4. Kaylene, knowing some of the history (of the Latin/S.American African diaspora), would help anyone put the purpose and desire for a site like this into proper perspective. If you haven’t lived within the society created by this history or otherwise found out about it, you will be a little at a loss. A Brazilian will help me here – but I read once that there are about 38 (?) different words in Brazilian Portuguese that are descriptive of non-white skin color…now, begin your journey.

  5. * I thank you so much for this insightful, informative and absolutely brilliant blog. I shall keep coming back for more and shall share your wealth with others.
    Keep up the good work! *

  6. I am an African American woman who has lived in São Paulo for the past year. I have struggled to find a salon or hairdresser who specialize in Black hair. I do relax my hair, but considering brading. Can anyone provide a referral? I am desperate!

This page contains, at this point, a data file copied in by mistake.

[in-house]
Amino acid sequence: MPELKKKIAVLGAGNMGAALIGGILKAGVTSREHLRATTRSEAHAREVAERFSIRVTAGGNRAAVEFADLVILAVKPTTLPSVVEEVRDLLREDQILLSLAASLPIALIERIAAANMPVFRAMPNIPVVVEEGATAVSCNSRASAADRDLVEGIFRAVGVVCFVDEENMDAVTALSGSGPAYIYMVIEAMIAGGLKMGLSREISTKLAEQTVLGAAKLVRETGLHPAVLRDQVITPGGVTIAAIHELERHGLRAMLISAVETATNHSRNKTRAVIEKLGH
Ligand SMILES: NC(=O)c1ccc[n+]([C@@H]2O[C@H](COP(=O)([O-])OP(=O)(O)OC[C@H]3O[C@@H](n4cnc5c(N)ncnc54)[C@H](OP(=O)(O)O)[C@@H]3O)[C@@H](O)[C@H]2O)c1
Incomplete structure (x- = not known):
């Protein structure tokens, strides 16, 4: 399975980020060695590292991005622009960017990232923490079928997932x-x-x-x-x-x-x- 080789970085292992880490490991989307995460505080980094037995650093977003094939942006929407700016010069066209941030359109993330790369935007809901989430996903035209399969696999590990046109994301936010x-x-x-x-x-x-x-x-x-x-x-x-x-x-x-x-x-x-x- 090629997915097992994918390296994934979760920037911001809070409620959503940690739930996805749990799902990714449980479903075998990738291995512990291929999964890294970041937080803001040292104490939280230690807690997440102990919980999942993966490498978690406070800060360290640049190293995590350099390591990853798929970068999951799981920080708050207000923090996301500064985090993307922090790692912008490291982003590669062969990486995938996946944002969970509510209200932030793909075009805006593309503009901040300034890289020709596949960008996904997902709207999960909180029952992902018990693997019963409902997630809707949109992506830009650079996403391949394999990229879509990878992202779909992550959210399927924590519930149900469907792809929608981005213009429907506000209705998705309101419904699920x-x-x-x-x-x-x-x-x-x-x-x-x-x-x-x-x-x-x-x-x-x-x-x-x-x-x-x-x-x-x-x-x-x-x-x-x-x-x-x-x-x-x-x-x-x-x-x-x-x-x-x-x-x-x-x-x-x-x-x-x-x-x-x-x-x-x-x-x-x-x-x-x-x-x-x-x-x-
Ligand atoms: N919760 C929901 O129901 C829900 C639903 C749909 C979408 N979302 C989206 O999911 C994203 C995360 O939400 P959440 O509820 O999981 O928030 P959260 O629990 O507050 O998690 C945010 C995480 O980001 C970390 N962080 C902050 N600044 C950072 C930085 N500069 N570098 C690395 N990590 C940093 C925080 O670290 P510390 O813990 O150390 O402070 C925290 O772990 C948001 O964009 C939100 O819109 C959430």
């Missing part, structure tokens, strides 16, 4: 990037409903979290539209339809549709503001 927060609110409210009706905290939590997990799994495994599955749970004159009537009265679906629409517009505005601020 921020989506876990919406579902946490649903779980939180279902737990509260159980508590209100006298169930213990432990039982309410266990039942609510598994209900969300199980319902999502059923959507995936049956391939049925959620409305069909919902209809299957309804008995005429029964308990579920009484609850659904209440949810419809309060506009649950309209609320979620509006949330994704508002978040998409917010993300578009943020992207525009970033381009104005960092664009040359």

• Hello Mia!

      Av. São João, 439 – República, São Paulo – SP, 01035-000

      this address is the gallery of rock, but on the ground floor are shops of hip hip culture and beauty salons specialized in black beauty.

    • Yes! This is very late but go to Plaza Republica and ask any one for the African shopping center (not the official name ) it’s literally two blocks from the plaza Republica Park it’s about 5 stories high on the inside there are lots of African hair salon the place is like a mini Africa .

  7. Hello! I’m so happy to find this blog. I am an African American woman who has lived in São Paulo for a year. I have not been able to find a hairdresser who specializes in ethnic hair. Can anyone please provide a good referral. I am desperate!

    • Do you live and stay in Jardins and not go the outer neighborhoods?